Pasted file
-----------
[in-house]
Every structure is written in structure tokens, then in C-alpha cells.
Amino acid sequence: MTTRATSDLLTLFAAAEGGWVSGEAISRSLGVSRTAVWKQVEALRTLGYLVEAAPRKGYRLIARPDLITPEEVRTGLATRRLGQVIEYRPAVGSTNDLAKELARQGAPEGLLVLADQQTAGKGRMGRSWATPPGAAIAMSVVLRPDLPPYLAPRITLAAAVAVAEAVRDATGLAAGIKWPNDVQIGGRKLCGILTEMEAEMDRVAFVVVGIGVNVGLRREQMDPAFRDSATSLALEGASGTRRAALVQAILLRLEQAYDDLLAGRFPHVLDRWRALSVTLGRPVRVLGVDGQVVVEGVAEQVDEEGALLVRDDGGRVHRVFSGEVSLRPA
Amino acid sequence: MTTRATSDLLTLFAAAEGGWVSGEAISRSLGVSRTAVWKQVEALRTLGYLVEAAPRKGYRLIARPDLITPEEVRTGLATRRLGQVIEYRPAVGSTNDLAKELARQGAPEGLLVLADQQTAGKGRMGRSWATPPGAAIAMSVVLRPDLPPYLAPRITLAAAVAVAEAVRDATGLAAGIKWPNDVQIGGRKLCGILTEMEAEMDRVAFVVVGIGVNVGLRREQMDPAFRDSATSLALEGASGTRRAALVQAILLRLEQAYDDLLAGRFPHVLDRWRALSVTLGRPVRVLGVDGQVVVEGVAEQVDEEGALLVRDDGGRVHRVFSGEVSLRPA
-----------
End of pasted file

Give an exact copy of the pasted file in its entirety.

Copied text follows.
[in-house]
Every structure is written in structure tokens, then in C-alpha cells.
Amino acid sequence: MTTRATSDLLTLFAAAEGGWVSGEAISRSLGVSRTAVWKQVEALRTLGYLVEAAPRKGYRLIARPDLITPEEVRTGLATRRLGQVIEYRPAVGSTNDLAKELARQGAPEGLLVLADQQTAGKGRMGRSWATPPGAAIAMSVVLRPDLPPYLAPRITLAAAVAVAEAVRDATGLAAGIKWPNDVQIGGRKLCGILTEMEAEMDRVAFVVVGIGVNVGLRREQMDPAFRDSATSLALEGASGTRRAALVQAILLRLEQAYDDLLAGRFPHVLDRWRALSVTLGRPVRVLGVDGQVVVEGVAEQVDEEGALLVRDDGGRVHRVFSGEVSLRPA
Amino acid sequence: MTTRATSDLLTLFAAAEGGWVSGEAISRSLGVSRTAVWKQVEALRTLGYLVEAAPRKGYRLIARPDLITPEEVRTGLATRRLGQVIEYRPAVGSTNDLAKELARQGAPEGLLVLADQQTAGKGRMGRSWATPPGAAIAMSVVLRPDLPPYLAPRITLAAAVAVAEAVRDATGLAAGIKWPNDVQIGGRKLCGILTEMEAEMDRVAFVVVGIGVNVGLRREQMDPAFRDSATSLALEGASGTRRAALVQAILLRLEQAYDDLLAGRFPHVLDRWRALSVTLGRPVRVLGVDGQVVVEGVAEQVDEEGALLVRDDGGRVHRVFSGEVSLRPA